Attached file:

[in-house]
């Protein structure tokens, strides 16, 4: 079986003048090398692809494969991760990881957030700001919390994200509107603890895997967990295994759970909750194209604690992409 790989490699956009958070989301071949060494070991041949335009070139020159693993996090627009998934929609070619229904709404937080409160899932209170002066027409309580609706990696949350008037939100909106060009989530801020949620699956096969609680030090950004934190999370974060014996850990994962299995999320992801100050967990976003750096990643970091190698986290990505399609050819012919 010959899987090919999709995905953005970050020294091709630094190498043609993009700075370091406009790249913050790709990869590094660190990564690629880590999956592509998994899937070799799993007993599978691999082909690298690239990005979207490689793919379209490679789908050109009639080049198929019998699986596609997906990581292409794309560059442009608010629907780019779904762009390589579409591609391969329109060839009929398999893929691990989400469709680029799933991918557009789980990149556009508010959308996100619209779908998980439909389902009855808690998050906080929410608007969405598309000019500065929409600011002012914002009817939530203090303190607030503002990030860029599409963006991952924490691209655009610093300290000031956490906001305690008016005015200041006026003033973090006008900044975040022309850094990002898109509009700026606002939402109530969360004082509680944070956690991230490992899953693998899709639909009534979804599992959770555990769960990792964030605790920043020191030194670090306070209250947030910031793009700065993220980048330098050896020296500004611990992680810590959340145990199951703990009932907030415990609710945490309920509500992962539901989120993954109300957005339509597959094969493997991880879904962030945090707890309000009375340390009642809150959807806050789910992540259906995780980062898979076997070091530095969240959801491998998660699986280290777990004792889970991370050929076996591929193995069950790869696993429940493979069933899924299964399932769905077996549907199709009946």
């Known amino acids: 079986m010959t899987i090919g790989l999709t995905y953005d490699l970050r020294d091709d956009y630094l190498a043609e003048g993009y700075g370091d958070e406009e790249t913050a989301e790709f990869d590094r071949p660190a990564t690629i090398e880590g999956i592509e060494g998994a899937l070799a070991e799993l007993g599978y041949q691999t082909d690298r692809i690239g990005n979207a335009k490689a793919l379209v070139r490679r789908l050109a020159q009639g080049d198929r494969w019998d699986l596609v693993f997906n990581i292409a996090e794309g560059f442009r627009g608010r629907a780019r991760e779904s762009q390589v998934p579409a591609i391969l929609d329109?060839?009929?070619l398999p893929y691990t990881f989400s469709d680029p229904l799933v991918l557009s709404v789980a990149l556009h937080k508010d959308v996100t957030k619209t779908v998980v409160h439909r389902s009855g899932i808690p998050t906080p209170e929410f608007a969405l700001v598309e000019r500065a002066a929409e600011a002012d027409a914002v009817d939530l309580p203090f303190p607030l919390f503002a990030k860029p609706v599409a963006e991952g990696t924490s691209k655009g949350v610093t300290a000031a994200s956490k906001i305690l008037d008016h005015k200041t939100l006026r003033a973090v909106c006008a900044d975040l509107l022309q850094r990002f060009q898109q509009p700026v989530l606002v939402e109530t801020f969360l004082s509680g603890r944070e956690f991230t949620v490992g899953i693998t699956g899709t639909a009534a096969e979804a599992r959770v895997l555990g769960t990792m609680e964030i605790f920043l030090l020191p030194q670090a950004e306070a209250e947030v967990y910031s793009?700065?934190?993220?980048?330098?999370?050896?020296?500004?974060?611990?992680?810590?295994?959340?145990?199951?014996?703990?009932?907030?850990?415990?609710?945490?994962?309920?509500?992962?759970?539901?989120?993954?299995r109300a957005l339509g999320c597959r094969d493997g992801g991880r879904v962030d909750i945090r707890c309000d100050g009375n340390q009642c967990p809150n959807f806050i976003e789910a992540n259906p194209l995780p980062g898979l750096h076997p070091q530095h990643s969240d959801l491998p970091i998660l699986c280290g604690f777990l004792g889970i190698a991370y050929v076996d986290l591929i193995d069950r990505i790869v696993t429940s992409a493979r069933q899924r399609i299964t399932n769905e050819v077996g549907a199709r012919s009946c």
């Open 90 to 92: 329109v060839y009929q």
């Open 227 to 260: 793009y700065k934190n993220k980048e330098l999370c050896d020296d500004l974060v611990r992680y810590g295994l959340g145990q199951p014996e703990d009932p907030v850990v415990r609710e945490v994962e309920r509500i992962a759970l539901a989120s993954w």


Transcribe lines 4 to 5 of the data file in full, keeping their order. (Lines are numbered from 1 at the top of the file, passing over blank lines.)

């Open 90 to 92: 329109v060839y009929q």
């Open 227 to 260: 793009y700065k934190n993220k980048e330098l999370c050896d020296d500004l974060v611990r992680y810590g295994l959340g145990q199951p014996e703990d009932p907030v850990v415990r609710e945490v994962e309920r509500i992962a759970l539901a989120s993954w």